On the personal connection side of my response, his words brought back fond memories of my own visits to the children’s portion of our local library when I was young.  While the adult book stacks were upstairs, the children’s section was accessed through some outside stairs which led us to what would resemble a basement, with windows high in the walls.  It was almost like entering a magical realm to go down those stairs and through the door into that collection of wondrous books.

 

Such experiences today, which open our eyes and hearts to new ideas and the diversity of our world, are indeed valuable.  May our children still discover such wonder, and may we adults reclaim the joy of browsing and the amazing ideas and people that it can expose us to.

 

 

 

August 21, 2020

 

Supporting Our Artists

 

When I sat down to write last week, I had intended to reflect upon the effect that the pandemic has had upon musicians, actors and other artists, but was “interrupted” by the email about “Music,” and found that to be an appropriate reflection for that moment.  But now I do want to turn attention to those who bring us beauty and inspiration in a variety of ways. 

 

Each week in our worship time we pray for musicians, actors and others who are currently unemployed.  With the sidelining of live concerts and theatre, there are many creative people who are struggling financially.  Being in Los Angeles, we are acutely aware of this.  If such artists have teaching positions, they are generally getting through this time in better ways.  Composers can of course still be writing, and playwrights can still be drawing forth their creativity onto the page.  Yet, without performances being produced and enjoyed, the financial fruits of their hard work are often far in the distance.  And for visual artists, they too can certainly be bringing forth from the creativity within themselves, but with many galleries and art shows being shut down right now, being able to earn a living doing what they are passionate about is a challenge.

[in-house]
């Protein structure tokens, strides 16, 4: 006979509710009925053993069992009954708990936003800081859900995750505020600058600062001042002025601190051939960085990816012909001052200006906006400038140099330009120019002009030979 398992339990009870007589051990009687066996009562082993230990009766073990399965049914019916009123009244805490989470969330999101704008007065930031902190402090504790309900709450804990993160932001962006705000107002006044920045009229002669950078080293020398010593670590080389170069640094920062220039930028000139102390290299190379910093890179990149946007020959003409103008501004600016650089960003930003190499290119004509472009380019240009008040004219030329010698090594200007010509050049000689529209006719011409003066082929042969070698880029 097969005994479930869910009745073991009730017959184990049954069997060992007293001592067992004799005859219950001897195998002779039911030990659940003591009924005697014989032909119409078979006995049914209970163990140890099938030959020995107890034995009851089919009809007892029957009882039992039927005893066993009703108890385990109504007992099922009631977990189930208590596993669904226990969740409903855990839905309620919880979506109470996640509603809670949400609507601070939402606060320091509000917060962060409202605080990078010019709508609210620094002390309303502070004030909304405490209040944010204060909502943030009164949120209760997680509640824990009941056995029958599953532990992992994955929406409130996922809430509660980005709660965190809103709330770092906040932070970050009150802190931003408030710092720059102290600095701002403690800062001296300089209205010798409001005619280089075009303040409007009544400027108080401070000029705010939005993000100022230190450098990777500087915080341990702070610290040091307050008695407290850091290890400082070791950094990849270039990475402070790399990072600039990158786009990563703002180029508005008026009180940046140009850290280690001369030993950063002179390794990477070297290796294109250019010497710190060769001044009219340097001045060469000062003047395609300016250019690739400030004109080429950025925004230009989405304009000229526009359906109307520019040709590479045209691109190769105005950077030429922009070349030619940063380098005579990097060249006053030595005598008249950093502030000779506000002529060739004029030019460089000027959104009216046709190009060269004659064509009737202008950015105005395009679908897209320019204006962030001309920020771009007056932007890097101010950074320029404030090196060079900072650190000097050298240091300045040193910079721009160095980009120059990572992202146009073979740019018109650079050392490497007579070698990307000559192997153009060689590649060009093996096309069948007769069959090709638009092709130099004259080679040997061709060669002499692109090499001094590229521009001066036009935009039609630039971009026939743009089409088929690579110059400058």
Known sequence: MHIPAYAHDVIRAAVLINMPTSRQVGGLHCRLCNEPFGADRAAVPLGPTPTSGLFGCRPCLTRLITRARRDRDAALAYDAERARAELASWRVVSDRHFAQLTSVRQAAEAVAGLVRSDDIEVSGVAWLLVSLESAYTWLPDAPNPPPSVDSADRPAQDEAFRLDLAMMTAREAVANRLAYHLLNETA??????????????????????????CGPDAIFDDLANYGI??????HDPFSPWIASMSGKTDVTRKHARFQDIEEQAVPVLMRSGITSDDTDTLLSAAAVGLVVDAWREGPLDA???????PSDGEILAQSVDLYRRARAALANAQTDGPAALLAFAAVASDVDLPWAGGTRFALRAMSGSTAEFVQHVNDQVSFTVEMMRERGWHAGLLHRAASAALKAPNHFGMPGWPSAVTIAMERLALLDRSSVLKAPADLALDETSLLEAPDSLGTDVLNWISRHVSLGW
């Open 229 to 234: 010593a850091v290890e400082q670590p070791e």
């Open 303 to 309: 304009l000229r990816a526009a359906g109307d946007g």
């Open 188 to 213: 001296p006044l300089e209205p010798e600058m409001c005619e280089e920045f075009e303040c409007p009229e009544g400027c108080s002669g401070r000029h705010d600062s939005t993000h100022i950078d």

Some artists have turned to the virtual world to both express their creativity and to continue to be engaged with folks, even if this happens without compensation.  Our church pianist, Alan Chan, is also a composer and the leader of a big band, The Alan Chan Jazz Orchestra.  We have hosted Alan’s orchestra during each of our church Performance Series seasons, but had to cancel that concert this year along with our other planned concerts.  But Alan has responded with his wonderful creativity to this whole situation.  He has hosted several virtual performances that have highlighted past concerts with his seventeen-piece orchestra, and has enhanced the virtual experiences by offering commentary between pieces played by the orchestra, as well as adding in current interviews with some of the featured musicians.  He has publicized these concerts in a variety of ways and has posted them on YouTube for later viewing.  Alan has also used each virtual concert as an opportunity to raise funds for organizations that are doing vital work in general, and specifically in responding to the effects of the virus on people in their communities and around the world.